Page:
Construction of Norris Dam began in 1933, just a few months after the creation of TVA, and was completed in 1936. It has two generating units with a summer net dependable capacity of 126 megawatts. The reservoir area also helped form the backbone for the Tennessee state park system.

Norris Reservoir in east Tennessee extends 73 miles up the Clinch River and 56 miles up the Powell from Norris Dam. It was the first dam TVA built, and is named for Senator George Norris of Nebraska, author of the legislation that created TVA.

Norris is a popular tourist and recreation destination. In the 1930s, TVA established demonstration public parks at several locations on Norris Reservoir, including Cove Lake, Big Ridge and the area around Norris Dam. These parks later became the nucleus of Tennessee’s state park system.

Norris features numerous hiking trails. The River Bluff Trail is the longest at 3.1 miles and offers rich pockets of wildflowers. The Songbird Trail is, as the name suggests, a popular area for birding. The Loyston Point trail system is a must-ride destination for mountain bikers.

Water sports at Norris include boating, water skiing, swimming and excellent fishing. The Tennessee state record brown trout was caught in the Clinch River below Norris Dam.

Visitor Center

To best protect our volunteers, TVA and Bicentennial Volunteers, Inc. will temporarily delay the opening of staffed TVA visitor centers at Raccoon Mountain, Fontana Dam, Kentucky Dam and Norris Dam to limit volunteers’ potential exposure to the coronavirus. We appreciate the dedication and spirit of service of our TVA retiree volunteers. We look forward to reopening these TVA Visitor Centers when they can be staffed without risk to our valued volunteers. Click here to learn more about TVA’s commitment to keep the public safe during this emergency.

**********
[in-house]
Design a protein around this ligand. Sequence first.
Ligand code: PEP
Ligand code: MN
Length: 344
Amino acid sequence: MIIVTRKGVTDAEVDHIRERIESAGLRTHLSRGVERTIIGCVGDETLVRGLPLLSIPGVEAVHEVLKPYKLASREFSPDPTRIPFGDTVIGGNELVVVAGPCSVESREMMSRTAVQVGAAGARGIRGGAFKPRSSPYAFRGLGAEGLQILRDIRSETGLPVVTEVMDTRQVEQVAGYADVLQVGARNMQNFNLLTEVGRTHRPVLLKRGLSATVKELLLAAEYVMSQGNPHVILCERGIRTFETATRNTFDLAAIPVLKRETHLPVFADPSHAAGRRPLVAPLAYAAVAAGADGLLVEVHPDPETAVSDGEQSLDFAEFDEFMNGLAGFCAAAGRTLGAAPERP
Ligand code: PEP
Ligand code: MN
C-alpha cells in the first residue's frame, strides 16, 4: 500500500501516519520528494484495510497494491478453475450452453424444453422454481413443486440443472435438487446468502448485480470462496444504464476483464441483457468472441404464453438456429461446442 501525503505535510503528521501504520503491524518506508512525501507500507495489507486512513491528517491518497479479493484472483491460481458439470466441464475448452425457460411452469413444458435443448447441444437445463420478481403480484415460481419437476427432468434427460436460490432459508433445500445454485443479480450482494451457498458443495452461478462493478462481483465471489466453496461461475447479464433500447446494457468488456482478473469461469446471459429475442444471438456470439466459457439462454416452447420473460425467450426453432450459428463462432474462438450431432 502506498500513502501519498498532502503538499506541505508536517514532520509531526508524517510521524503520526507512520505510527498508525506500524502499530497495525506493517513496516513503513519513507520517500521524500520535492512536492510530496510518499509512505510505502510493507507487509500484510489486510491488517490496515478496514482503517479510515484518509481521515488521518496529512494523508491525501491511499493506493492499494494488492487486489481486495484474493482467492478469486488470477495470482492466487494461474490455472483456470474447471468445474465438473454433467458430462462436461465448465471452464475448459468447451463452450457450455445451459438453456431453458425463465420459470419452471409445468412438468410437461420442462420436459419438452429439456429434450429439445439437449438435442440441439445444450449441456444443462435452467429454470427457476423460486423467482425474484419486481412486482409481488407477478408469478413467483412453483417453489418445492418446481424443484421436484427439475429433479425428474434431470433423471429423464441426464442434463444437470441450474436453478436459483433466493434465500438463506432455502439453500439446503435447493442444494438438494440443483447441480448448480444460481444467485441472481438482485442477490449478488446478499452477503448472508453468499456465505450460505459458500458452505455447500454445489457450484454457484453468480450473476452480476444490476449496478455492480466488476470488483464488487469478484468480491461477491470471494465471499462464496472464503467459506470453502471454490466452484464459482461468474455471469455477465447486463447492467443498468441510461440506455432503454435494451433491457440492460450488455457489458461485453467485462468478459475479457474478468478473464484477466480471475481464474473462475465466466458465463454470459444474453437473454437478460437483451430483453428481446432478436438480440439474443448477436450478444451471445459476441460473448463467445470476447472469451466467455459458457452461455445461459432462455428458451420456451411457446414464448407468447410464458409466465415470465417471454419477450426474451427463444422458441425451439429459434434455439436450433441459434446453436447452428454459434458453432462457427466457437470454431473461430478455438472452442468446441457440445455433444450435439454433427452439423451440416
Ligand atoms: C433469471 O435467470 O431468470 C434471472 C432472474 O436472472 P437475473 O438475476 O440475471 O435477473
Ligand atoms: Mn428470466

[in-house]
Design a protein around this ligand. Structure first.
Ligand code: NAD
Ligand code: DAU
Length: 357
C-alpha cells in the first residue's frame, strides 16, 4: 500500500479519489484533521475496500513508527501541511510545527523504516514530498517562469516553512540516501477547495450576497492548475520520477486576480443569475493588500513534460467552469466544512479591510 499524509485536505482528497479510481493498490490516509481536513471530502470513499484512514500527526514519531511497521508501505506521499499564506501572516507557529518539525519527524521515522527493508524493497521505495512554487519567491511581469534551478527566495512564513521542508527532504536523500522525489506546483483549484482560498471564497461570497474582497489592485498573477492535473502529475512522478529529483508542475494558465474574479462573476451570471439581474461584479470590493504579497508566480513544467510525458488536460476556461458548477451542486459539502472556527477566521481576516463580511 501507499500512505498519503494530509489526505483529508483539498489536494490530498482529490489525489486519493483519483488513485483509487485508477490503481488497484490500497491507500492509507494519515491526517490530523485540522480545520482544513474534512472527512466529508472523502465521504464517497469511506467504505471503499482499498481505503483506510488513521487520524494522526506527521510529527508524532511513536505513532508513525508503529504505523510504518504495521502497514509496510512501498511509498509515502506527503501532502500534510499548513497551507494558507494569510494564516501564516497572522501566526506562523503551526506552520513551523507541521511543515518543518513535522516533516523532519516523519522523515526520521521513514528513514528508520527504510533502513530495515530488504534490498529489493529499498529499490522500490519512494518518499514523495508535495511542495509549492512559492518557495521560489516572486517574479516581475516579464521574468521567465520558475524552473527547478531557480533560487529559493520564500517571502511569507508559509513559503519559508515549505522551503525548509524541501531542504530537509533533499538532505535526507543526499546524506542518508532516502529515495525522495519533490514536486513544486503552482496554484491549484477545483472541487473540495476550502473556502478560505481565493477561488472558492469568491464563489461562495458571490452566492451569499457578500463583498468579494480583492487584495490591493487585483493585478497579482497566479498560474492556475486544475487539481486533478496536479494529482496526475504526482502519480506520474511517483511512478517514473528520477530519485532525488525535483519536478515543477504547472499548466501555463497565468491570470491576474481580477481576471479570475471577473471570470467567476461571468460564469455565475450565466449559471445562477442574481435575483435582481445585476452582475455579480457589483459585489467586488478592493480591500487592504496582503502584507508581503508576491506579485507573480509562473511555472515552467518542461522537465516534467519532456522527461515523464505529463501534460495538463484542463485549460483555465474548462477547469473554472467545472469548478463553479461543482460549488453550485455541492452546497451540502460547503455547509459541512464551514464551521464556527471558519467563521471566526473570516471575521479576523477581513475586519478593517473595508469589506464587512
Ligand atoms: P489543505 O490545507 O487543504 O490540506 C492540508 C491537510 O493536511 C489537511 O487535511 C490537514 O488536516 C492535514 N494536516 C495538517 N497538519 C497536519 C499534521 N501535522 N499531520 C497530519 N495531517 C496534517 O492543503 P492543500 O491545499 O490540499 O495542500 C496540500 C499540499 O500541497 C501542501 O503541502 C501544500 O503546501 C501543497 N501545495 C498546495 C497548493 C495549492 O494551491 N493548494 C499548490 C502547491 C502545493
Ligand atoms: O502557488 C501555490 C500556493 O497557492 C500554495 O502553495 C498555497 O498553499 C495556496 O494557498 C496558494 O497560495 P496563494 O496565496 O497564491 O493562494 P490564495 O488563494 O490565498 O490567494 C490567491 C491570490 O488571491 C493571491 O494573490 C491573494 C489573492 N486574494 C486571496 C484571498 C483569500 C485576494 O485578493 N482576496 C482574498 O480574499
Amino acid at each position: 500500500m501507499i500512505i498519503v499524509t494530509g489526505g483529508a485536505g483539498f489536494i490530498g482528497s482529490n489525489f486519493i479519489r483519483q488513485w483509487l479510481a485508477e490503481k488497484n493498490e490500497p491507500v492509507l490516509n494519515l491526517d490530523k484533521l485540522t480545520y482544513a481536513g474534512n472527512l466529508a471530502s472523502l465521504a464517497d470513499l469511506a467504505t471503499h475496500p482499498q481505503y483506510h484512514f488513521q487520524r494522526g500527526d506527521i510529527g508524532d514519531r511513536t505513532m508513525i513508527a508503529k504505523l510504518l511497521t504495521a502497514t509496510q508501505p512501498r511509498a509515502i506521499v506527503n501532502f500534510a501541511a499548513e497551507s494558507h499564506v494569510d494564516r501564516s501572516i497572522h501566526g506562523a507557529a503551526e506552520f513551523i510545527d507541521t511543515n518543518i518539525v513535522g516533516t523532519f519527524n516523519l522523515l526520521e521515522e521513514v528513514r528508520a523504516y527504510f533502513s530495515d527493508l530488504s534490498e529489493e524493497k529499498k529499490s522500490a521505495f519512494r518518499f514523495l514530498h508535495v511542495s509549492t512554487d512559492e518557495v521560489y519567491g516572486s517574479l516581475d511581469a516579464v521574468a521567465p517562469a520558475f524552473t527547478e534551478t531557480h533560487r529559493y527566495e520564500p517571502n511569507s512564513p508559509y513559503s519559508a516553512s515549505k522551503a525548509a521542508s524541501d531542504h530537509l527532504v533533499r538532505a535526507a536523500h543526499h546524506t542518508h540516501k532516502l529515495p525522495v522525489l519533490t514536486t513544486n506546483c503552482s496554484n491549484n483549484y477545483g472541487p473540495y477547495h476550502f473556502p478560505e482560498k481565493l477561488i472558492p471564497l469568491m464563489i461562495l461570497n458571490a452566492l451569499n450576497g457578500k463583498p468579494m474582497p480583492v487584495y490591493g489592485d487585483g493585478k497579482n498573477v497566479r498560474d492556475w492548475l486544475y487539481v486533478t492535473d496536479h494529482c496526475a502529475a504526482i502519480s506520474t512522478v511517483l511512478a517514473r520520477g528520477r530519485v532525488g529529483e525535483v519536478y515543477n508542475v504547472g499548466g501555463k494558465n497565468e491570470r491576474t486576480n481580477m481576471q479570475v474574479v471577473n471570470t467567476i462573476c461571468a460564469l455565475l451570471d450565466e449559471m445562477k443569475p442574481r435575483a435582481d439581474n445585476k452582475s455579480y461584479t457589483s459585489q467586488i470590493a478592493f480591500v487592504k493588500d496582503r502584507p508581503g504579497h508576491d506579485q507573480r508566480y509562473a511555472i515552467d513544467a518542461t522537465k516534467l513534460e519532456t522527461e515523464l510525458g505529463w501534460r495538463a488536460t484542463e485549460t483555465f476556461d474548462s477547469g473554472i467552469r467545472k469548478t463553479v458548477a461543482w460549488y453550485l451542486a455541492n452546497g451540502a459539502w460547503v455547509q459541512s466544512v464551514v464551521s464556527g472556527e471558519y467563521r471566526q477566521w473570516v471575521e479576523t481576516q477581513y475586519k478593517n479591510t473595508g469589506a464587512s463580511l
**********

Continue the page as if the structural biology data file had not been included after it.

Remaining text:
Find this staffed visitor center north of Knoxville off Interstate 75, Exit 122. It’s open 10 a.m. to 4 p.m. Monday through Saturday, and 1 p.m. to 4 p.m. Sunday, April through November.

Norris: Facts + Figures

  • Construction of Norris Dam began in 1933, just a few months after the creation of TVA, and was completed in 1936.      
  • The dam is 265 feet high and stretches 1,860 feet across the Clinch River.
  • Norris Dam is a hydroelectric facility. It has two generating units with a summer net dependable capacity of 126 megawatts. Net dependable capacity is the amount of power a dam can produce on an average day, minus the electricity used by the dam itself.
  • The town of Norris was built to house construction workers on the dam. It was a planned community that became a model for others throughout the nation. The town was sold to private owners in 1948.
  • Norris has 809 miles of shoreline and 33,840 acres of water surface. It is the largest reservoir on a tributary of the Tennessee River.
  • In a year with normal rainfall, the water level in Norris Reservoir varies about 29 feet from summer to winter to provide seasonal flood storage.
  • The reservoir has a flood-storage capacity of 1,113,000 acre-feet.
  • Find Norris Dam off Hwy. 441 at 30 Powerhouse Way, Norris, Tenn.

More Information on Norris Reservoir

Daily Lake Level

Sport Fish Survey Results

Ecological Health Ratings

Recreation Facilities

Recreation Release Schedule

The Unified Development of the Tennessee River plan stressed TVA was to provide flood control, navigation and electricity for the region. TVAs dams are tangible evidence of its primary mission: improving life in the Tennessee Valley. We’re celebrating the plan with an in-depth look at 32 of the dams it comprises.

Read More on Norris Dam: “No Flood of Worry”

During World War II, Ernie Pyle described the common man's fight using simple language. But his fame began before the war as he documented the American experiment known as TVA, which was being constructed at Norris Dam. It was, he wrote, "like a dream that has solid stuff in it." Click here to read more about Pyle's take on Norris.

Tailwater Pursuits

Kayaking, rafting and trout fishing—all activities that you can do in the tailwaters below TVA dams—are growing in popularity. Find out more about how you can “go with the flow” and get involved with these fun sports.